Abigail Ogilvy Gallery recently interviewed contemporary tattoo artist Amanda Wachob to hear more about what inspires her to create such innovative works. Wachob has done projects with The Metropolitan Museum of Art, the New Museum, the Museum of Arts and Design, The Museum of Contemporary Art Denver, and The Whitney. Pioneering the watercolor tattoo movement and actively bridging the gap between tattooing and fine art, she has been named one of the 50 most creative people in the world by AdAge.
Abigail Ogilvy Gallery: How has your background in photography and the fine arts affected your current practice?
Amanda Wachob: Art has always been something I've gravitated towards since I was very small. It feels like I've just always known that I would be an artist. Even though I'm not working professionally as a photographer, photography has really influenced so much of my practice. The canvases I'm currently working on are even photo-based. Having knowledge of lighting and composition, has helped strengthen my work because I can document everything properly.
AOG: How has the medium of tattooing influenced your ability to break barriers in contemporary art?
AW: There is so much that hasn't been explored in terms of tattooing as a medium, its conceptual potential and potential for art making. Tattooing hasn't really been looked at as an art form, so it's still possible to uncover new ideas. And this is what really drives my work. The thought of making a new discovery, within a very very old practice. (Tattooing has been documented back 5,000 years!).
AOG: What are your main sources of inspiration?
AW: Books, galleries, traveling, the internet, the NYC subway system/NYC in general, and being around other creatives and talking shop and bouncing ideas around.
AOG: How does your creative process differ when you’re working with a tattoo client versus a blank canvas?
AW: I think of my clients as collaborators. We work on an idea together. With my canvases though, I'm just a quiet observer. When I'm pressing tattoo ink and making impressions, I'm patiently waiting for the image to reveal itself to me.
AOG: Many of your projects involve innovating the use of museum space; how do you think museums should adapt to reflect the modern audience?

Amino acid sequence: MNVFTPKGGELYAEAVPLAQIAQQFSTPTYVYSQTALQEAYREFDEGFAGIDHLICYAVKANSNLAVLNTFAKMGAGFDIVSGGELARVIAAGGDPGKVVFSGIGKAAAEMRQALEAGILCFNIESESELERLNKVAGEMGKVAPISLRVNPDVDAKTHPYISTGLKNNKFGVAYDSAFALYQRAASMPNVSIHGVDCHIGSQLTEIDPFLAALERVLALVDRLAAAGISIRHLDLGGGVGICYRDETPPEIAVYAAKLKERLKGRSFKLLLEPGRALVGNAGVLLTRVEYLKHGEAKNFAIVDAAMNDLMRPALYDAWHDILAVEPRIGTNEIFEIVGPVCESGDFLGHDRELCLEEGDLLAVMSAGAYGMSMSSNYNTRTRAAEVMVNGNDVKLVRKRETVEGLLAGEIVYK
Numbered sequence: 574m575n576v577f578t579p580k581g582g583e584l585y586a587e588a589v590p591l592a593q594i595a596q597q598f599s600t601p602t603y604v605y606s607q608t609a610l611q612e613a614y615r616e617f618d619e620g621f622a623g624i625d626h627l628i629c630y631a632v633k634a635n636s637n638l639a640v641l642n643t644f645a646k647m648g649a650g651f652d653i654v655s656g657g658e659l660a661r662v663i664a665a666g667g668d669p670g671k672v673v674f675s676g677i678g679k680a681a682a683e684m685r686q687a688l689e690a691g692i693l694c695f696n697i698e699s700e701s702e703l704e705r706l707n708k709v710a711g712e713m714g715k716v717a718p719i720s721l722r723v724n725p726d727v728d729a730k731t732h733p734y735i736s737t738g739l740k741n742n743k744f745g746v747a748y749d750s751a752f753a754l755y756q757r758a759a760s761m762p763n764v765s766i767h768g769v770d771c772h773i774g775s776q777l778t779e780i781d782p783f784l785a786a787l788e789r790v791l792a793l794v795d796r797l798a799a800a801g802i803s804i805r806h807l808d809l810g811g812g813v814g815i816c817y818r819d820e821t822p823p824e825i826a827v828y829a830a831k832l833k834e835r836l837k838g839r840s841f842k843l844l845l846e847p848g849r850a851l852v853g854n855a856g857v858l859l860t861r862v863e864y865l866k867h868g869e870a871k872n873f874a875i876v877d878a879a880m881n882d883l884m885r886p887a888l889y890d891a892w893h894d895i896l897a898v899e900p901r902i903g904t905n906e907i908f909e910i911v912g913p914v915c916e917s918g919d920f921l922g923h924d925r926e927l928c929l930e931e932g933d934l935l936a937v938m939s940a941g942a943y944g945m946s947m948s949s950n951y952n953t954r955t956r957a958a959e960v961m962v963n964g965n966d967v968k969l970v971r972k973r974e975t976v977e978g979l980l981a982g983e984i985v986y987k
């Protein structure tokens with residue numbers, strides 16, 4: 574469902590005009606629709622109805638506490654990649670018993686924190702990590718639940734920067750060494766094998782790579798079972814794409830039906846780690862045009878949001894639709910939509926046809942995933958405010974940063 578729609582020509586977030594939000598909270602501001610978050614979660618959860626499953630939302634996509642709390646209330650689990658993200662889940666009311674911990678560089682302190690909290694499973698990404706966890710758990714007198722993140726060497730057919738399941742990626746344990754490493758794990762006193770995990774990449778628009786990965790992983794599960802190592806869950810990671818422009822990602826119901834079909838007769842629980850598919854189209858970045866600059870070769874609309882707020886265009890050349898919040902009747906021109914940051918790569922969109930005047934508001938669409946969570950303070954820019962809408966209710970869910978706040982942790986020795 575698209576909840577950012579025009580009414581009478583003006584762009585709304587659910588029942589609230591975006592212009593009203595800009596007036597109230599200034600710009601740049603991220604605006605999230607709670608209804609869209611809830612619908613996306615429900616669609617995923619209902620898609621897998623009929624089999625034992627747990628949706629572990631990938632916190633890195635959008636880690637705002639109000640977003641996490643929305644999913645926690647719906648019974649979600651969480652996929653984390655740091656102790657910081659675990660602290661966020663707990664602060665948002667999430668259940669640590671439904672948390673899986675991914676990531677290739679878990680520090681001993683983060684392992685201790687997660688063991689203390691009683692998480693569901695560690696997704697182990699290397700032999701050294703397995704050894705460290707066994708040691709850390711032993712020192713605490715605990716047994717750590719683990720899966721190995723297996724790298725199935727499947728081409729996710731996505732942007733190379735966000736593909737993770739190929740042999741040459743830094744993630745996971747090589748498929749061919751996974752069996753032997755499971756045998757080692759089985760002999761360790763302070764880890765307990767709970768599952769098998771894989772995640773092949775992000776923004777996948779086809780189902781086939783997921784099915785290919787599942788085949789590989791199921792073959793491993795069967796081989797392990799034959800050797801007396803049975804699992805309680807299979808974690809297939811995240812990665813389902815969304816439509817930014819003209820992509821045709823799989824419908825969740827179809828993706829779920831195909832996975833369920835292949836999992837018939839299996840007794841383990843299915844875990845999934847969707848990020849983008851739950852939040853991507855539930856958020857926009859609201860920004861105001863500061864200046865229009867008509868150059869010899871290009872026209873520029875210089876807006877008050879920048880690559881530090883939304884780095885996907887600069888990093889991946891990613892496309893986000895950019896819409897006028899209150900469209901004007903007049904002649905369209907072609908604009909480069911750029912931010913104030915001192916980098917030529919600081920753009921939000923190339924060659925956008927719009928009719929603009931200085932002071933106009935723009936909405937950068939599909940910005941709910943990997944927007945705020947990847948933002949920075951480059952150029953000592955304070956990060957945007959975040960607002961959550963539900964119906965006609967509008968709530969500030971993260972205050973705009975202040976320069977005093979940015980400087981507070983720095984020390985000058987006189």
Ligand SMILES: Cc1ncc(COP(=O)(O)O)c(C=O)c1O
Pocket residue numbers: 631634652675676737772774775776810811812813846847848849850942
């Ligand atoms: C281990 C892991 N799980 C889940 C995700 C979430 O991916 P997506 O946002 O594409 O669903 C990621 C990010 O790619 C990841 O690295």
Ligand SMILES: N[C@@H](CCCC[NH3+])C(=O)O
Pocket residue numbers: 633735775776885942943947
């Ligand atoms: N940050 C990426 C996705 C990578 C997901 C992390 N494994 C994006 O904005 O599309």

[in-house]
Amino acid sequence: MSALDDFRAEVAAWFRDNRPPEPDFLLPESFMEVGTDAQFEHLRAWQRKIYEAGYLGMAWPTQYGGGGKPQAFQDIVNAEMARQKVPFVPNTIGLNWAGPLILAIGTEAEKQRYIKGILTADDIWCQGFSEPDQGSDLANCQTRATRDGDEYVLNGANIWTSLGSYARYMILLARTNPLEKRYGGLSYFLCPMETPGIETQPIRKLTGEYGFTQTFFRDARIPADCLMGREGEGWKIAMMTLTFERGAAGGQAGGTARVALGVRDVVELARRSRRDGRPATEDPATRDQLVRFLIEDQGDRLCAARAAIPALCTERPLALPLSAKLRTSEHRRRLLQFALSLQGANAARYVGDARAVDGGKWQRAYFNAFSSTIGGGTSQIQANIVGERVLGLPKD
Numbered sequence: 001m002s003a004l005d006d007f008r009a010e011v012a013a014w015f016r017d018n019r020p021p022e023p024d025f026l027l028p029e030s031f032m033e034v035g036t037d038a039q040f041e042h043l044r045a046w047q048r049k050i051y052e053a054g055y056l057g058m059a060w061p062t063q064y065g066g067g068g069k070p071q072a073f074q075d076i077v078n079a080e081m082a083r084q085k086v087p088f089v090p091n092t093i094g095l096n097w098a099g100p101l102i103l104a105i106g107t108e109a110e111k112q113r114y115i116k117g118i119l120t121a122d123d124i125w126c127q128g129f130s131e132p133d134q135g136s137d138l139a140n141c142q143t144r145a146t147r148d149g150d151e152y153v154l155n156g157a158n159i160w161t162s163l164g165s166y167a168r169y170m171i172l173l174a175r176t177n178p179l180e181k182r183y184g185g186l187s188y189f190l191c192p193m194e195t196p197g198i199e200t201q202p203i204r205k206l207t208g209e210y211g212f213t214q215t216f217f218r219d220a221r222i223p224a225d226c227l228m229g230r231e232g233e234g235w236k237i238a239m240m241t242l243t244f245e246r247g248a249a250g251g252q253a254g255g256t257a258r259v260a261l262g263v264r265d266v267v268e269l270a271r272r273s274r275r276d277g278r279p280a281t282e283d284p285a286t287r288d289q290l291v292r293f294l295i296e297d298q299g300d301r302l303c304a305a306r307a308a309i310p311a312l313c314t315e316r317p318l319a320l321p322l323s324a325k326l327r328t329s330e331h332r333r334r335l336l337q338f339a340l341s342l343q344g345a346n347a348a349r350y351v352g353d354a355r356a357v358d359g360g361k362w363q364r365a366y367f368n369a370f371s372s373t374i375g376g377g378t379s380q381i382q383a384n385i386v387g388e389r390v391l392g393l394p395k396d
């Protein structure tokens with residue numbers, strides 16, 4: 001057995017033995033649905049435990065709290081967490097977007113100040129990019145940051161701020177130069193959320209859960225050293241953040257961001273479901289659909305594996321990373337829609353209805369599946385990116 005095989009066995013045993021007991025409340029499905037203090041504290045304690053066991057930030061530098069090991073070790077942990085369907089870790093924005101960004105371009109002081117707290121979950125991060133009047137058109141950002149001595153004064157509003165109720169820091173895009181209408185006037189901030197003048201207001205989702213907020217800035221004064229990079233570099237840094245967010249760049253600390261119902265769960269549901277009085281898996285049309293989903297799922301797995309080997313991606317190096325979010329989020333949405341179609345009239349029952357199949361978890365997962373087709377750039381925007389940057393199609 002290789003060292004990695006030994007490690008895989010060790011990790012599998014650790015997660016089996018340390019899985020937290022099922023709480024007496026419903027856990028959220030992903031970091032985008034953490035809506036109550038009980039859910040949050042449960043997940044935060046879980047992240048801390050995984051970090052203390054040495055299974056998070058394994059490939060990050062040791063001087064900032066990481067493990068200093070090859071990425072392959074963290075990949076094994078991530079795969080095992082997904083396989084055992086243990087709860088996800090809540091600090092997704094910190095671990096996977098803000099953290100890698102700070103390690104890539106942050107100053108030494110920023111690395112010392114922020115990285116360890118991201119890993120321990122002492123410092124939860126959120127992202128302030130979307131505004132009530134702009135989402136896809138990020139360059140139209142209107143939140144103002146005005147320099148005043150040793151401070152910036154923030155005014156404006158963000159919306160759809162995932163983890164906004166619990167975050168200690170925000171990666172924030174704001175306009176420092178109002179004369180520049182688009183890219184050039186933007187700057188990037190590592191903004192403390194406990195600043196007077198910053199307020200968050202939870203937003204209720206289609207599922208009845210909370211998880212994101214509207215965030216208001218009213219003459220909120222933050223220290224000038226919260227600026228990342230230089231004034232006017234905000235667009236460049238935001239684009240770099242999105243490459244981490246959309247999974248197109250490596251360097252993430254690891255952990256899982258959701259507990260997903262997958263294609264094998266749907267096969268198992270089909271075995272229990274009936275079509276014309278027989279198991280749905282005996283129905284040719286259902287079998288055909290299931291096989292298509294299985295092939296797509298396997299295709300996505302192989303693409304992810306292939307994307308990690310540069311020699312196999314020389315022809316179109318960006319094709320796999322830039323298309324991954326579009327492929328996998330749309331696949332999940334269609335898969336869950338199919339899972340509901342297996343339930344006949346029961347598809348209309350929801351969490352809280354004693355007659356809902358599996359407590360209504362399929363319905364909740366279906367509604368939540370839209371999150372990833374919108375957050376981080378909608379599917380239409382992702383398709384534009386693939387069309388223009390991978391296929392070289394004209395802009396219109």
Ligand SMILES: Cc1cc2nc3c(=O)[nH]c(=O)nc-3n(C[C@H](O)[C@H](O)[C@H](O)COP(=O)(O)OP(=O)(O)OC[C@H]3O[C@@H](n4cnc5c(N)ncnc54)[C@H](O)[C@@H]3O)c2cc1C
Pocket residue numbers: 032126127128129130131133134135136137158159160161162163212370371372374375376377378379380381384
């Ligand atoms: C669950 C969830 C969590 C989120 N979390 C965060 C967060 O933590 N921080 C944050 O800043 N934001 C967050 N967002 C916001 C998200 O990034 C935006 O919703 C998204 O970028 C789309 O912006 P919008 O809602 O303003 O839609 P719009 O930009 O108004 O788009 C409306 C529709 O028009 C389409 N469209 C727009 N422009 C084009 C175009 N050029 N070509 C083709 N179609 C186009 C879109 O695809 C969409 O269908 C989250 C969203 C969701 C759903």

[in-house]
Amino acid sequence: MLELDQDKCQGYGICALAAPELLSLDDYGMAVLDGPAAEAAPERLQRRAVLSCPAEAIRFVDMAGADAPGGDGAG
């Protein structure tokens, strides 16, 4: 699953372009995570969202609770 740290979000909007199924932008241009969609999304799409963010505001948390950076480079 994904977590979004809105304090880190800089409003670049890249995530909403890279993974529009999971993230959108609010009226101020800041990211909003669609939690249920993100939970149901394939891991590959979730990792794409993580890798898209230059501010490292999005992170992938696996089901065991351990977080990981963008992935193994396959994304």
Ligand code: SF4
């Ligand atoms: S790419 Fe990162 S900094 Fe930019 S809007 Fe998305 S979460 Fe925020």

AW: I've tattooed in a lot of different environments; a basement in Chinatown, a bong shop, at a restaurant in Ho Chi Min City, tattoo conventions and tattoo shops, I've been a kitchen magician and I've tattooed in five or six museums. Museums can be a wonderful way to educate people about tattooing. Often times the only way you can actually watch a tattoo being done, is by getting one. But in a public space, it feels more like an interactive performance. People can watch...can ask questions, and can see that the process isn't that scary or intimidating at all. It's actually quite fascinating.
AOG: How do you view the concept of permanence, in tattooing and in general?
AW: Ephemerality is a reoccurring theme. Tattooing is actually an impermanent, permanent mark. As soon as the ink goes into our skin, our white blood cells attack the ink and start to carry some of it away. Over time, the ink blurs and fades, there may always be some evidence of it, but it changes and ages, it doesn't stay the same. The only thing we can really count on in our lives, is that things will change.
AOG: What projects are you currently working on?
AW: I'm working on a new series of canvases for an upcoming solo show at Anna Kaplan Contemporary this fall, and prepping for a lecture at the Beaux-Arts this winter! Getting ready to do a little tattoo traveling as well.
View Amanda Wachob’s work at Abigail Ogilvy Gallery on view through August 18th, 2019.
Blog credit: Sigourney Schultz, August 2019